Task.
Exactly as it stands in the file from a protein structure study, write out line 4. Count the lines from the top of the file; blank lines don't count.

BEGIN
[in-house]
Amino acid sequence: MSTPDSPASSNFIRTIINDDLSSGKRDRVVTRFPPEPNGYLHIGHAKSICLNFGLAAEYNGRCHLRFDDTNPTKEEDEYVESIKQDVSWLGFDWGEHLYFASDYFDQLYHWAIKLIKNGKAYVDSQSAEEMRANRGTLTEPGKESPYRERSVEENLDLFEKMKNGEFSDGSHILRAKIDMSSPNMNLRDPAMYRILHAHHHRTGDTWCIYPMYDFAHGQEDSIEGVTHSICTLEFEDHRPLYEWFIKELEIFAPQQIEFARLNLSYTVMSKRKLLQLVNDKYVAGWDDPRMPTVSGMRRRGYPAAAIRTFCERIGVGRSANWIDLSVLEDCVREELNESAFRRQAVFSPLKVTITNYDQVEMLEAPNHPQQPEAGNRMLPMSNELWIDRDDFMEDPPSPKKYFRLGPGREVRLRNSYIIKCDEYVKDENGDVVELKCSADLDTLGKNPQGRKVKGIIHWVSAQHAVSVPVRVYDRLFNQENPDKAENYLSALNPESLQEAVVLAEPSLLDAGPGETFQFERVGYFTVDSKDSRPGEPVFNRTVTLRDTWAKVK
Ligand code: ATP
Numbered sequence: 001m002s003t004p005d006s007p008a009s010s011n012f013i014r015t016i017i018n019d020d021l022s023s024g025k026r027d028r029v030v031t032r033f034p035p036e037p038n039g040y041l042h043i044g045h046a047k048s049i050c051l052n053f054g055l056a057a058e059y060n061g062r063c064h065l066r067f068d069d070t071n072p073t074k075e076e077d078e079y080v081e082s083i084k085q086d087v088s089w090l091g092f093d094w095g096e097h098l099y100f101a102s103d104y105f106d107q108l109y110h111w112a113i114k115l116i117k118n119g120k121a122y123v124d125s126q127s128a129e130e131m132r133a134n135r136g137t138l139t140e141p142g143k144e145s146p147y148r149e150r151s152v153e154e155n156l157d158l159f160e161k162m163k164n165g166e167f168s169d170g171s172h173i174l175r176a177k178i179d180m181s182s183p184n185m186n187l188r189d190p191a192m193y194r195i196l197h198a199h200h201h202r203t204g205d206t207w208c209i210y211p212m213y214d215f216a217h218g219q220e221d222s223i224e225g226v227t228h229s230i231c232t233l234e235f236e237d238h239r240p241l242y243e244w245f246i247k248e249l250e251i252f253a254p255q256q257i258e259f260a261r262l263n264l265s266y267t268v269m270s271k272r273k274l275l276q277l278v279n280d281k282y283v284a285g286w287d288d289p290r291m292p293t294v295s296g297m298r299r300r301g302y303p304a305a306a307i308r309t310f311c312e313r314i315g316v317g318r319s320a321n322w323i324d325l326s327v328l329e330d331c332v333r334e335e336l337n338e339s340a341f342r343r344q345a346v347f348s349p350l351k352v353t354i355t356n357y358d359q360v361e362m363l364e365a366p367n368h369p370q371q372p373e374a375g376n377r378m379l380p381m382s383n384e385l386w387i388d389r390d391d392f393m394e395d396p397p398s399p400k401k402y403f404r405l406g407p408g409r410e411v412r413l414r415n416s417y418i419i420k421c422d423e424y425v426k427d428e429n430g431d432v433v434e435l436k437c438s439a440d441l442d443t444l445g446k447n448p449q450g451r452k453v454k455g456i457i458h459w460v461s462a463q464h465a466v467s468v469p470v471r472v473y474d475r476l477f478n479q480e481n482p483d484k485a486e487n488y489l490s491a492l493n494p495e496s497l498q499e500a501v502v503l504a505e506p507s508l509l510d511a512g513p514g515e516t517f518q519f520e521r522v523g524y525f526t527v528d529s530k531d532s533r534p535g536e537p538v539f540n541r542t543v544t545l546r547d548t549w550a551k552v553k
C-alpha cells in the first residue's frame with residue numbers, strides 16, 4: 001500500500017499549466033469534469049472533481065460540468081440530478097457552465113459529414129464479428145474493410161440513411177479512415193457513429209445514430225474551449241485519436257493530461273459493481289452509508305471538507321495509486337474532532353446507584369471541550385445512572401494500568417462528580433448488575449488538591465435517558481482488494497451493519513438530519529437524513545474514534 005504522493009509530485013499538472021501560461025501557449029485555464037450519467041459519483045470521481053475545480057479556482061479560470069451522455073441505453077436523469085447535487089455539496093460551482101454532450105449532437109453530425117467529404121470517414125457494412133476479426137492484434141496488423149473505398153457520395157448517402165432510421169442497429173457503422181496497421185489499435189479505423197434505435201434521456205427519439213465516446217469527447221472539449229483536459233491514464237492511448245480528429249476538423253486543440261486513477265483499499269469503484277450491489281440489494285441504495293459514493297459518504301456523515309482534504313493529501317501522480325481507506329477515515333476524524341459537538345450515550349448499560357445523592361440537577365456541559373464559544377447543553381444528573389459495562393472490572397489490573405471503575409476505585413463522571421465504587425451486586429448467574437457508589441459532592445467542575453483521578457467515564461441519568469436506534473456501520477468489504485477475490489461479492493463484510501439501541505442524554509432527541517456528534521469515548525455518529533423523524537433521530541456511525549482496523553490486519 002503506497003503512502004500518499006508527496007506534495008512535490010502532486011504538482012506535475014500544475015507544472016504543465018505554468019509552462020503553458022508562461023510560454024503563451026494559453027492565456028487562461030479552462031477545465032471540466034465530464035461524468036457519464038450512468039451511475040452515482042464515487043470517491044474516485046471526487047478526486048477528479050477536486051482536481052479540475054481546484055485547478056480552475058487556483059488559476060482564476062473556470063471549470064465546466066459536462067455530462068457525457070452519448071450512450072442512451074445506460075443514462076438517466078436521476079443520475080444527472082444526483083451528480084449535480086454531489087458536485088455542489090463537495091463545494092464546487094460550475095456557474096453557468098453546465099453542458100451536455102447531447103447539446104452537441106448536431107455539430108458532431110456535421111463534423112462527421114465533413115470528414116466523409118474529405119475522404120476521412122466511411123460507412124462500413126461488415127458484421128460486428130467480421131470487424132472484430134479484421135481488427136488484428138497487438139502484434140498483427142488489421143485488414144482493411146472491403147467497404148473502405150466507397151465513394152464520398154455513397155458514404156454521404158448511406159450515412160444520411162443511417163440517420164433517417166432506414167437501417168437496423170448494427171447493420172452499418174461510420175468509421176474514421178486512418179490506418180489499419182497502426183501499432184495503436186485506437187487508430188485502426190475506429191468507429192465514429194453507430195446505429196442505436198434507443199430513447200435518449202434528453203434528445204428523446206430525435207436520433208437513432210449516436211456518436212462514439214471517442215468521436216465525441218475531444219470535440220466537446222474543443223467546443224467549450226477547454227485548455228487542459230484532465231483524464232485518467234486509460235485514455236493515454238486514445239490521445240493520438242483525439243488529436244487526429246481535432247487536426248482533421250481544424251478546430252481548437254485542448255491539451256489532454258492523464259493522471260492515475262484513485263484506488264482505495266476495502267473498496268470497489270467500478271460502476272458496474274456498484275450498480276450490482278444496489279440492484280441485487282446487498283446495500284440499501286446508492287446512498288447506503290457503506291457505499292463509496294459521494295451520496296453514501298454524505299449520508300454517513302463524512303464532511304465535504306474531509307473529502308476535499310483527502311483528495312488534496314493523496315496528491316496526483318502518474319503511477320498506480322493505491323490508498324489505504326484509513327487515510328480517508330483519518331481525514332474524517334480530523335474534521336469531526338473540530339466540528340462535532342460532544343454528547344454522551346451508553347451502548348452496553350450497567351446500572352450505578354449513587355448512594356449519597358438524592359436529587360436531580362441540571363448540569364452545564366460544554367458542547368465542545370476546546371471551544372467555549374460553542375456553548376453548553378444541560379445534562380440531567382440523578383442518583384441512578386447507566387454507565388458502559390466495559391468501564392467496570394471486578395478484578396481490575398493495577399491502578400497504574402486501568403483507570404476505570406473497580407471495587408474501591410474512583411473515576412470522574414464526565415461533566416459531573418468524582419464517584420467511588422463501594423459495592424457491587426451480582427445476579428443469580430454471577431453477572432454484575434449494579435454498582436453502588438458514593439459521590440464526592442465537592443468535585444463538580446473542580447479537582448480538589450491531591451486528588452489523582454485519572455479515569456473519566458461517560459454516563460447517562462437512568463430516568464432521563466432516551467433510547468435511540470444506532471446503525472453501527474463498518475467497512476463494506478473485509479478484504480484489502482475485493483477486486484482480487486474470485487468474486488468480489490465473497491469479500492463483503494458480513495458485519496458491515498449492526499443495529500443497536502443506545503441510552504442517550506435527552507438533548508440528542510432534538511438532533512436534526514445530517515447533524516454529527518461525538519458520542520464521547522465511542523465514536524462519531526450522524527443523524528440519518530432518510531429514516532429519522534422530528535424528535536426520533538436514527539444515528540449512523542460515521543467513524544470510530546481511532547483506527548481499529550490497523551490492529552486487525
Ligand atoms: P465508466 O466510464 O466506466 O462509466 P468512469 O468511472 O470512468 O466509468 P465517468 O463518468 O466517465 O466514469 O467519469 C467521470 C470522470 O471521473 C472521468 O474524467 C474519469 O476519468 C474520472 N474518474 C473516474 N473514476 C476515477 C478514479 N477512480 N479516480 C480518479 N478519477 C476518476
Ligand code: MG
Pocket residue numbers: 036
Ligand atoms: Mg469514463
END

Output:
Numbered sequence: 001m002s003t004p005d006s007p008a009s010s011n012f013i014r015t016i017i018n019d020d021l022s023s024g025k026r027d028r029v030v031t032r033f034p035p036e037p038n039g040y041l042h043i044g045h046a047k048s049i050c051l052n053f054g055l056a057a058e059y060n061g062r063c064h065l066r067f068d069d070t071n072p073t074k075e076e077d078e079y080v081e082s083i084k085q086d087v088s089w090l091g092f093d094w095g096e097h098l099y100f101a102s103d104y105f106d107q108l109y110h111w112a113i114k115l116i117k118n119g120k121a122y123v124d125s126q127s128a129e130e131m132r133a134n135r136g137t138l139t140e141p142g143k144e145s146p147y148r149e150r151s152v153e154e155n156l157d158l159f160e161k162m163k164n165g166e167f168s169d170g171s172h173i174l175r176a177k178i179d180m181s182s183p184n185m186n187l188r189d190p191a192m193y194r195i196l197h198a199h200h201h202r203t204g205d206t207w208c209i210y211p212m213y214d215f216a217h218g219q220e221d222s223i224e225g226v227t228h229s230i231c232t233l234e235f236e237d238h239r240p241l242y243e244w245f246i247k248e249l250e251i252f253a254p255q256q257i258e259f260a261r262l263n264l265s266y267t268v269m270s271k272r273k274l275l276q277l278v279n280d281k282y283v284a285g286w287d288d289p290r291m292p293t294v295s296g297m298r299r300r301g302y303p304a305a306a307i308r309t310f311c312e313r314i315g316v317g318r319s320a321n322w323i324d325l326s327v328l329e330d331c332v333r334e335e336l337n338e339s340a341f342r343r344q345a346v347f348s349p350l351k352v353t354i355t356n357y358d359q360v361e362m363l364e365a366p367n368h369p370q371q372p373e374a375g376n377r378m379l380p381m382s383n384e385l386w387i388d389r390d391d392f393m394e395d396p397p398s399p400k401k402y403f404r405l406g407p408g409r410e411v412r413l414r415n416s417y418i419i420k421c422d423e424y425v426k427d428e429n430g431d432v433v434e435l436k437c438s439a440d441l442d443t444l445g446k447n448p449q450g451r452k453v454k455g456i457i458h459w460v461s462a463q464h465a466v467s468v469p470v471r472v473y474d475r476l477f478n479q480e481n482p483d484k485a486e487n488y489l490s491a492l493n494p495e496s497l498q499e500a501v502v503l504a505e506p507s508l509l510d511a512g513p514g515e516t517f518q519f520e521r522v523g524y525f526t527v528d529s530k531d532s533r534p535g536e537p538v539f540n541r542t543v544t545l546r547d548t549w550a551k552v553k